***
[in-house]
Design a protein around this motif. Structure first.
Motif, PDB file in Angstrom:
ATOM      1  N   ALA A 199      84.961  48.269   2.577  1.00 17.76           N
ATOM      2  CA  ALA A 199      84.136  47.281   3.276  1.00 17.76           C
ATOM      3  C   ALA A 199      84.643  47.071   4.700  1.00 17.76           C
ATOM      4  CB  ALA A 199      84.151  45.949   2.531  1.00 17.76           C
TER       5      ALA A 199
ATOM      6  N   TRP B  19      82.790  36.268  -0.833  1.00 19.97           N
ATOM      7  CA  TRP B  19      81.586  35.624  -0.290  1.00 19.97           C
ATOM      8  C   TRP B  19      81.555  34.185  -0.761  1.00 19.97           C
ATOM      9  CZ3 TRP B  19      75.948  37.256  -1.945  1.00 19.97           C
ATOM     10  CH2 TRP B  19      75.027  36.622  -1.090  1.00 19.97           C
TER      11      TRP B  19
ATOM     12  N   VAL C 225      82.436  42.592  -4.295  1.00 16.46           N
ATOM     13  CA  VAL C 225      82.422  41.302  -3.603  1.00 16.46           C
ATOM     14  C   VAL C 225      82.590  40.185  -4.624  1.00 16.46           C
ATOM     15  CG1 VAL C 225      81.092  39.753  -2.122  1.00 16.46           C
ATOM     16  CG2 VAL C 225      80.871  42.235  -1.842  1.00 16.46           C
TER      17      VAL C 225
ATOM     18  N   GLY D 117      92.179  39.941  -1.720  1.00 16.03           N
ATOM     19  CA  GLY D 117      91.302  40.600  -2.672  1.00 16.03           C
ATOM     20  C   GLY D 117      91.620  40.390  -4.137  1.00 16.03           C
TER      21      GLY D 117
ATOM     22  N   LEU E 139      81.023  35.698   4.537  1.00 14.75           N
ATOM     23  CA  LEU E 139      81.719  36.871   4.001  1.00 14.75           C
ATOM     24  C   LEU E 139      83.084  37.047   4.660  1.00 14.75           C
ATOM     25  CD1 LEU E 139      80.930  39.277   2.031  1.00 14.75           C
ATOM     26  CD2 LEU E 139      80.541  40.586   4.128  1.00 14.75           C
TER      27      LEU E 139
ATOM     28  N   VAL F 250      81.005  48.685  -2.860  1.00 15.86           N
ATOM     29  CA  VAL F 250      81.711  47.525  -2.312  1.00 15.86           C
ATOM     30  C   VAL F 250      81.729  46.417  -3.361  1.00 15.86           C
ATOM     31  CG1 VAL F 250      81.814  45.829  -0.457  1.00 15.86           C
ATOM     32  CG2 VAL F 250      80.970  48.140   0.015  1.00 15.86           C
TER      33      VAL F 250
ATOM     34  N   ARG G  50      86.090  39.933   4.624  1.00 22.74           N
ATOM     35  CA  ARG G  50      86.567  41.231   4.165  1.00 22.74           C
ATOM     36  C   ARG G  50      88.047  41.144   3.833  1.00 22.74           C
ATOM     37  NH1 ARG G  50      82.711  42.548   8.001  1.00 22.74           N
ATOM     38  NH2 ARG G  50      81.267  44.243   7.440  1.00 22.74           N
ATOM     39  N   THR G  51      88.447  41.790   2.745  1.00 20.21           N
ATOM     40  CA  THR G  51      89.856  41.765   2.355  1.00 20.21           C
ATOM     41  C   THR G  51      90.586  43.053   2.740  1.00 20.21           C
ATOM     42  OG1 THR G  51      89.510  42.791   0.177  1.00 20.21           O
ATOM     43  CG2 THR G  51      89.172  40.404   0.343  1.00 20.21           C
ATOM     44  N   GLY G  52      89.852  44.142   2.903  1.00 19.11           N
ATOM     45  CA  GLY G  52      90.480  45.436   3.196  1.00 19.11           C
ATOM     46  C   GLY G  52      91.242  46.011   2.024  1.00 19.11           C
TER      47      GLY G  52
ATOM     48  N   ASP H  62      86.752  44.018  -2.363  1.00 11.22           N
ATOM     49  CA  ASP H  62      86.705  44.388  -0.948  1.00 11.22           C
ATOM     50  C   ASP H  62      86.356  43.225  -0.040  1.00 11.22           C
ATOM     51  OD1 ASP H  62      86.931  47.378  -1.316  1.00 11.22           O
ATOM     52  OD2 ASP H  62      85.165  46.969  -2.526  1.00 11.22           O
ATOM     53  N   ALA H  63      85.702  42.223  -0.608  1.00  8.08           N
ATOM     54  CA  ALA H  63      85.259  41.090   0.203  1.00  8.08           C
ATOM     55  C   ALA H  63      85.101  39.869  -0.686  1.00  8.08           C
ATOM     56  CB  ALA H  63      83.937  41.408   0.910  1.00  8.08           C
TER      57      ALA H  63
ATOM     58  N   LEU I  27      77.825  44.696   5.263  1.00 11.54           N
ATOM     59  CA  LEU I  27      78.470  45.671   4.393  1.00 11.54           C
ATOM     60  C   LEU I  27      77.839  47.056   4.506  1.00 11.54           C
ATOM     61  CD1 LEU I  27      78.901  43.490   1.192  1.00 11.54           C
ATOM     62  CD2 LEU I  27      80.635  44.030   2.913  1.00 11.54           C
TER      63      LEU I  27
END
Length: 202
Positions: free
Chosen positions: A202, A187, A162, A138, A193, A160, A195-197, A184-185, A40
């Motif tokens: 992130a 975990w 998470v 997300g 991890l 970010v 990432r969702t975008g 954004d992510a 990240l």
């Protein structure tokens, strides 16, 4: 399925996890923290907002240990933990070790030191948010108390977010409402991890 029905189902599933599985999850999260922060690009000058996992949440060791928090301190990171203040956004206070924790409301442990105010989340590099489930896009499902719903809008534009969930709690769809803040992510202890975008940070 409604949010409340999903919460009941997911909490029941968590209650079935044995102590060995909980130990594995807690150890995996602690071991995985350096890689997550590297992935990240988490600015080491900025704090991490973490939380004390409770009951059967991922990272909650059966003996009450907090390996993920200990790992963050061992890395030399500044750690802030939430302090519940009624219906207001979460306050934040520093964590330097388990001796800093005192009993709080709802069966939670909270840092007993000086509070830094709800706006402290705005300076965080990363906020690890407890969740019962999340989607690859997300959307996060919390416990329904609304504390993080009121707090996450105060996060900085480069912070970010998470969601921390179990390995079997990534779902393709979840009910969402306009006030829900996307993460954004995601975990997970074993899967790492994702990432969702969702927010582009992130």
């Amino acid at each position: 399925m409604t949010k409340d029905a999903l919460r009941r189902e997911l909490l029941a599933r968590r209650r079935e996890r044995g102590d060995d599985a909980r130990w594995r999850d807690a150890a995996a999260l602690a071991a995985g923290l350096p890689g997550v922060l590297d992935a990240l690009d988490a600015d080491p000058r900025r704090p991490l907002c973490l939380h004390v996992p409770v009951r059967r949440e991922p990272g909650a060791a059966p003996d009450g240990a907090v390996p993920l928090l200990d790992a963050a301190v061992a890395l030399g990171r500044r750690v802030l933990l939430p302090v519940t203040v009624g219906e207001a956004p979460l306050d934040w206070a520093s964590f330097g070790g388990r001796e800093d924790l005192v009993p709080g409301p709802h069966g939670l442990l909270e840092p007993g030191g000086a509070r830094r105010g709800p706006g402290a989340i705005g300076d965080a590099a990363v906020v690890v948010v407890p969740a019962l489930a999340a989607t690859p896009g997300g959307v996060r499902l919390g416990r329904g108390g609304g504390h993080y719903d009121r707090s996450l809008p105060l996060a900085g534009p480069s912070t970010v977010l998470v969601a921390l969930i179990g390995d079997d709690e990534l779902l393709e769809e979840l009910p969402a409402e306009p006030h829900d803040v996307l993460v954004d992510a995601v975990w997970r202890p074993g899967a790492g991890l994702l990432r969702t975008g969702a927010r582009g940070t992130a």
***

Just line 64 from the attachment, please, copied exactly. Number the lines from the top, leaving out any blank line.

ATOM     61  CD1 LEU I  27      78.901  43.490   1.192  1.00 11.54           C